Did we use math to calculate the p-value? For sure. But math didn't give us our conclusion. We formed an educated opinion based on the evidence, but it's still a gamble. We've found these tools to be extremely effective over the past 100 years, but people in the future may be horrified at the fragility of our methods.

Tongue firmly in the cheek:

Apparently Einstein wrote

In so far as the laws of mathematics relate to reality, they are not certain; and as far as they are certain they do not relate to reality.

So statistics is the branch of mathematics that describes reality. ;O)

I would say statistics is a branch of mathematics, just as logic is a branch of mathematics. There is certainly an element of philosophy in it, but I don't think it is the only branch of mathematics in which it does (see, for example, Morris Kline, "Mathematics - The Loss of Certainty," Oxford University Press, 1980).

Well when you say "so something like statistics, where you can't base everything on basic axioms "then you should probably read about Kolmogorov's axiomatic probability theory. Kolmogorov defines probability in an abstract and axiomatic way, as you can see in this PDF on page 42 or here below on page 1 and the following pages.

To give you a taste of his abstract definitions, he defines a random variable as a measurable function. This is explained “more intuitively” here: If a random variable is a function, how do we define a function of a? random variable

With a very limited number of axioms and using results from (again mathematical) measure theory, he can abstractly define concepts such as random variables, distributions, conditional probability, etc. and derive all known results such as the law of large numbers. ... from this set of axioms. I advise you to give it a try and you will be amazed at the mathematical beauty.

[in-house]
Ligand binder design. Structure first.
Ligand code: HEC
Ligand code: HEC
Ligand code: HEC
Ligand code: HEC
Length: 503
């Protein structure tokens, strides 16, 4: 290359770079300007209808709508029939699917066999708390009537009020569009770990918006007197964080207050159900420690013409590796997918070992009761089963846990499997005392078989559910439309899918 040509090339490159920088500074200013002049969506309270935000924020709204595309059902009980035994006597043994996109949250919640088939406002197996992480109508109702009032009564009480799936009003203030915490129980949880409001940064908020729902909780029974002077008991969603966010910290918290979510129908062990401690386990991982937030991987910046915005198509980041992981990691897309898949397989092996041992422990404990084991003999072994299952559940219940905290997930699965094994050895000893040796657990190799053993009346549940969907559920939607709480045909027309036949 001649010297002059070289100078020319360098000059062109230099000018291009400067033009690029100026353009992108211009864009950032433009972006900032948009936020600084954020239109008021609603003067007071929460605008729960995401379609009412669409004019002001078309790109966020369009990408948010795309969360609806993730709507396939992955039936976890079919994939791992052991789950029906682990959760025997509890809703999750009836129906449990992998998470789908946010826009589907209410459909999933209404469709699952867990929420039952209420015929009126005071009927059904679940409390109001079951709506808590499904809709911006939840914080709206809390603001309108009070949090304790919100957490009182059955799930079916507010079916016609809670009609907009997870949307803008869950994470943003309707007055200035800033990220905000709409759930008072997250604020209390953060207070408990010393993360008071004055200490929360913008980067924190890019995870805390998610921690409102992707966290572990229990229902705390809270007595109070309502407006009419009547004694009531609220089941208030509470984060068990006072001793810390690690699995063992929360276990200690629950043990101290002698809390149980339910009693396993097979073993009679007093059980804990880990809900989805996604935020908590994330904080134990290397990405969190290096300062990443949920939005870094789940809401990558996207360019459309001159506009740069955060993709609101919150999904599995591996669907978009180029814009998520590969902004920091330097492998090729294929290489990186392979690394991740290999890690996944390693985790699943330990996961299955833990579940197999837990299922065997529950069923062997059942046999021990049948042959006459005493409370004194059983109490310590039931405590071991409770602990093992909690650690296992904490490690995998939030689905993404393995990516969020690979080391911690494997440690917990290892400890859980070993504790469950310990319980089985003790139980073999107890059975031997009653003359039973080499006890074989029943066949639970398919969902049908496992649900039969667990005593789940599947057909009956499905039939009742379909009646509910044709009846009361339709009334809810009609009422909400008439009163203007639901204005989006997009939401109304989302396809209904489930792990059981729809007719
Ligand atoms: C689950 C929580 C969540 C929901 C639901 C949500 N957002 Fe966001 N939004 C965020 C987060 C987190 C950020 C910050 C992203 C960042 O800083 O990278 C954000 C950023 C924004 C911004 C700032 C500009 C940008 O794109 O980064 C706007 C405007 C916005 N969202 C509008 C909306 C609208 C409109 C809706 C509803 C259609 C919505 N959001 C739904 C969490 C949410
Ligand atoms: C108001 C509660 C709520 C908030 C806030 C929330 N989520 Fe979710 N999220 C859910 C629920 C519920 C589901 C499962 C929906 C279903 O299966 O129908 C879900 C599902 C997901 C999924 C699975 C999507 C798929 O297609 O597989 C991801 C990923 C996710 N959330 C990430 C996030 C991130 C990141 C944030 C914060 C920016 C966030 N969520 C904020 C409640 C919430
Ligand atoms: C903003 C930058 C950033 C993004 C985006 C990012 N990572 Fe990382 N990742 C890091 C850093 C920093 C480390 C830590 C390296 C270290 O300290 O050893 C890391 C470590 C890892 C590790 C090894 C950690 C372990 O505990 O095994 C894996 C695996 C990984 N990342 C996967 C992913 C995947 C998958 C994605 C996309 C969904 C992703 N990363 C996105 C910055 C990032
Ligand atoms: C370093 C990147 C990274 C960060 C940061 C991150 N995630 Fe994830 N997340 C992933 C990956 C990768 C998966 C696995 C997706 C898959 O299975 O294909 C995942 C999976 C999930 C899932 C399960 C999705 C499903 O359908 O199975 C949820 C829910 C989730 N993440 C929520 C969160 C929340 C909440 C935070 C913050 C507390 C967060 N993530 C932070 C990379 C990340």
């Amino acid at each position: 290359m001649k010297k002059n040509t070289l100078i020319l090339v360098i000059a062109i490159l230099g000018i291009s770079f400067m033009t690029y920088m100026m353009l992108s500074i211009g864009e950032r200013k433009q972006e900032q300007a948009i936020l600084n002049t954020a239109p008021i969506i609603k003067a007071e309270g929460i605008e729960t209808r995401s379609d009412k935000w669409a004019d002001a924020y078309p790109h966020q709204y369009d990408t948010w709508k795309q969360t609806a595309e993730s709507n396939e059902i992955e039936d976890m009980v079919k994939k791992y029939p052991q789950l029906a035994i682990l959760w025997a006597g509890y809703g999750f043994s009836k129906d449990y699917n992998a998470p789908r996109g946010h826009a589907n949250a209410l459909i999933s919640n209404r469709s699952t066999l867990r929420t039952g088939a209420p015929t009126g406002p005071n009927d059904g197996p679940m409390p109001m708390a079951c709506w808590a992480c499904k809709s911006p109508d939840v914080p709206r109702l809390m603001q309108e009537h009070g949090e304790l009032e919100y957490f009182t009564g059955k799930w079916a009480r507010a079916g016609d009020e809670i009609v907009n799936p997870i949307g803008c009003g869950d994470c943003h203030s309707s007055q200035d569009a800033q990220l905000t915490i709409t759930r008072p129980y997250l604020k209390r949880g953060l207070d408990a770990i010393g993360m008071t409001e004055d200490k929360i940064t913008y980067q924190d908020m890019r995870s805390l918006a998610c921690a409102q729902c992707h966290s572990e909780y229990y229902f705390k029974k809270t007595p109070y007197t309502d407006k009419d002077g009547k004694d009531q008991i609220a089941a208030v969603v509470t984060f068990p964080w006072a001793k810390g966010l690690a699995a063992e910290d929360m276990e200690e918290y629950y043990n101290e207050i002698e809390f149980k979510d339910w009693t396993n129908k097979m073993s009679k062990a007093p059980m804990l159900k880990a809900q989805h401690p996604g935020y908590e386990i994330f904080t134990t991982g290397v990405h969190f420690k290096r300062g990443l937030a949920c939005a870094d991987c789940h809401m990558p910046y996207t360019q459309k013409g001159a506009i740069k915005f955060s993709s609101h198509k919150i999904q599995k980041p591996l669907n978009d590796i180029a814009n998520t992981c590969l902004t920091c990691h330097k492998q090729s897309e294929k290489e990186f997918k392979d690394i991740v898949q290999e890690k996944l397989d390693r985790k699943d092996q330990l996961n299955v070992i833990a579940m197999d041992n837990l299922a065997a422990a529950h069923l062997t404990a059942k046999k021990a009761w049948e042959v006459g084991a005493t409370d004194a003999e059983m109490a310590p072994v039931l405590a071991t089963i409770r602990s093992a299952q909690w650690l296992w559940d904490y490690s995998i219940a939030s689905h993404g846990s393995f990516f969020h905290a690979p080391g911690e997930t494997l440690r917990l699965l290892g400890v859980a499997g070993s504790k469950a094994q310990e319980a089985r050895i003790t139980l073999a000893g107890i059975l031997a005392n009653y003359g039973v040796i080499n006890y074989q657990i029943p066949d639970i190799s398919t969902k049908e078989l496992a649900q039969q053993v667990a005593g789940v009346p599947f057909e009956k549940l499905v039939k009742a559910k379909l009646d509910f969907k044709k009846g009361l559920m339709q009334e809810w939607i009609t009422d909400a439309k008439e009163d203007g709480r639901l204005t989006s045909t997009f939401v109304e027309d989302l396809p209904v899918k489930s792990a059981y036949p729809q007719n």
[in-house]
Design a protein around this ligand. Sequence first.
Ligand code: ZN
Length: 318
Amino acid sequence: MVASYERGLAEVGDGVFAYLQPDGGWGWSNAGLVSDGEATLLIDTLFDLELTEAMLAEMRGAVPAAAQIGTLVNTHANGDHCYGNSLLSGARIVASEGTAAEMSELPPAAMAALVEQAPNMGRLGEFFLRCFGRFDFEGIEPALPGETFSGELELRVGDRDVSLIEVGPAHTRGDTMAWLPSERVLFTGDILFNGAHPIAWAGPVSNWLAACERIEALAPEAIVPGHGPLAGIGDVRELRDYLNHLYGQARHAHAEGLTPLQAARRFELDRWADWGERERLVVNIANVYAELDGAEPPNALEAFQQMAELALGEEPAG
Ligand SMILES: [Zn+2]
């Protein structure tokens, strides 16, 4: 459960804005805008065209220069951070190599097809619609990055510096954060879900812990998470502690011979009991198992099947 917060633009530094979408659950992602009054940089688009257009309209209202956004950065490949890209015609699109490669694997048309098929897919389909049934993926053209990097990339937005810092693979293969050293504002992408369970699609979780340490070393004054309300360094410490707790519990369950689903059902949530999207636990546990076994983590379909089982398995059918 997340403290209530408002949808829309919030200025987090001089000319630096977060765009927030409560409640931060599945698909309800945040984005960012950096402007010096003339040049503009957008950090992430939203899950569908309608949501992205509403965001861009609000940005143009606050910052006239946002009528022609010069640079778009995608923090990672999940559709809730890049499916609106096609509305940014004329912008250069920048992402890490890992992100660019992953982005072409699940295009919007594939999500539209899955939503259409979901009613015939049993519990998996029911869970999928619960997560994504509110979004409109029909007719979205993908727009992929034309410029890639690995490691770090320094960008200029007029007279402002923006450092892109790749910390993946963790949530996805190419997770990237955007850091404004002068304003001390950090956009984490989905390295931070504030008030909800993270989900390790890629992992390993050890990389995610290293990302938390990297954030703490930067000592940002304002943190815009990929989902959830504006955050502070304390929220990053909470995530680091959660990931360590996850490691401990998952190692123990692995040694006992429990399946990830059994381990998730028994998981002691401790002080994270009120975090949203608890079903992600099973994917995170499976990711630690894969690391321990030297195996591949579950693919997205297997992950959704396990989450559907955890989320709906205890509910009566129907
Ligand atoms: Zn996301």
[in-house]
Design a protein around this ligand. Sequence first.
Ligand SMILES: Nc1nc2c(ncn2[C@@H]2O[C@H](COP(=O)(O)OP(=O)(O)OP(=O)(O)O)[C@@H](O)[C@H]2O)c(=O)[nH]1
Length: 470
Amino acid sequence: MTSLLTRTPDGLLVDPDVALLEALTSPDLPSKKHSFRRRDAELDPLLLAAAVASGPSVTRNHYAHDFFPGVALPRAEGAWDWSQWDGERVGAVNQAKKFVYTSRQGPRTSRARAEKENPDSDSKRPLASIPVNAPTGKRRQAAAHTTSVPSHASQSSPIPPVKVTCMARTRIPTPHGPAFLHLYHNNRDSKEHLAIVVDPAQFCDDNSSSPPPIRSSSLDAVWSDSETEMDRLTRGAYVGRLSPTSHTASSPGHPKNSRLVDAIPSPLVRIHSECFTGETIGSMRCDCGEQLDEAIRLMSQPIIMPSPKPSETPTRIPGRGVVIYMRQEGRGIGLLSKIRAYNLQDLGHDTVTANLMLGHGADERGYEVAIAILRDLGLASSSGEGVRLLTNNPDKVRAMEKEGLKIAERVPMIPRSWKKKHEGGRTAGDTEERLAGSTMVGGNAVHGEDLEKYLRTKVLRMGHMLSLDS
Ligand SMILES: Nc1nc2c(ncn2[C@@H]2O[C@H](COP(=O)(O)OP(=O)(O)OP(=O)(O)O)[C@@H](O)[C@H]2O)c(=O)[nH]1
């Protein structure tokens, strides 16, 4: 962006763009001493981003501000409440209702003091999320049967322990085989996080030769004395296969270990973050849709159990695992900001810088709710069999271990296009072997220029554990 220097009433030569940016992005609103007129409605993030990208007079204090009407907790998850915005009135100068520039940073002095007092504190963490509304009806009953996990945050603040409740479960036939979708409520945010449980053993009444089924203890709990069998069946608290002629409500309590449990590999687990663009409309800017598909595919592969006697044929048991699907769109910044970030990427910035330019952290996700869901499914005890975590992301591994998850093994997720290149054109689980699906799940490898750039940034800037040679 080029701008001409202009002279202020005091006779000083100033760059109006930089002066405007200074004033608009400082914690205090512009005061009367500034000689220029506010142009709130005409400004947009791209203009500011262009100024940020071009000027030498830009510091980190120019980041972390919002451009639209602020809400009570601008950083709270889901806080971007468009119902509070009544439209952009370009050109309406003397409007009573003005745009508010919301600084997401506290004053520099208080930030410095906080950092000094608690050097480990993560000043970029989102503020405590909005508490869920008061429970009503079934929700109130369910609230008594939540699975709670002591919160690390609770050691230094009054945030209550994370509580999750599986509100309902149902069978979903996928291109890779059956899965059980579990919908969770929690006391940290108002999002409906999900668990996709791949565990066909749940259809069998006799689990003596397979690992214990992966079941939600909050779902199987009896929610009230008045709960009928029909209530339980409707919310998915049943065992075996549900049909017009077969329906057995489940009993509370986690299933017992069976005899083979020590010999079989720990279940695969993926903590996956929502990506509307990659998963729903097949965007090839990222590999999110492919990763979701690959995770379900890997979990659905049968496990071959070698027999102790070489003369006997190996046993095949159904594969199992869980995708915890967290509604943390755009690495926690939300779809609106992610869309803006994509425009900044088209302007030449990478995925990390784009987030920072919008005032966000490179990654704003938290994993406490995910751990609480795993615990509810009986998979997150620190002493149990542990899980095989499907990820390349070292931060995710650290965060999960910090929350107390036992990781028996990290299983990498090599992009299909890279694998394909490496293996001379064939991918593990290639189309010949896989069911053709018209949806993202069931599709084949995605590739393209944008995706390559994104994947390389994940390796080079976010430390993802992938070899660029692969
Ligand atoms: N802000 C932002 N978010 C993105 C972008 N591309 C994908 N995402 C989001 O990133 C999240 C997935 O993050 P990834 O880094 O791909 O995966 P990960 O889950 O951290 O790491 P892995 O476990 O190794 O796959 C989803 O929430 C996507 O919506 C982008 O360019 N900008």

An explanation of p-values ​​can be found under: Misunderstandings with a p-value?

I don't have a rigorous or philosophical basis to answer this, but I've heard that the "statistics is not math" complaint often comes from people, usually physicists. I think people want certainty about their math, and statistics (usually) only offer probabilistic inferences with associated p-values. That's what I love about statistics. We live in a fundamentally insecure world and do our best to understand it. And we're doing a great job all in all.

Maybe it's because I'm a plebeian and haven't taken advanced math classes, but I don't understand why statistics isn't math. The arguments here and on a double question seem to support two main reasons why statistics are not math * .

  1. It is not accurate / safe and so is based on assumptions.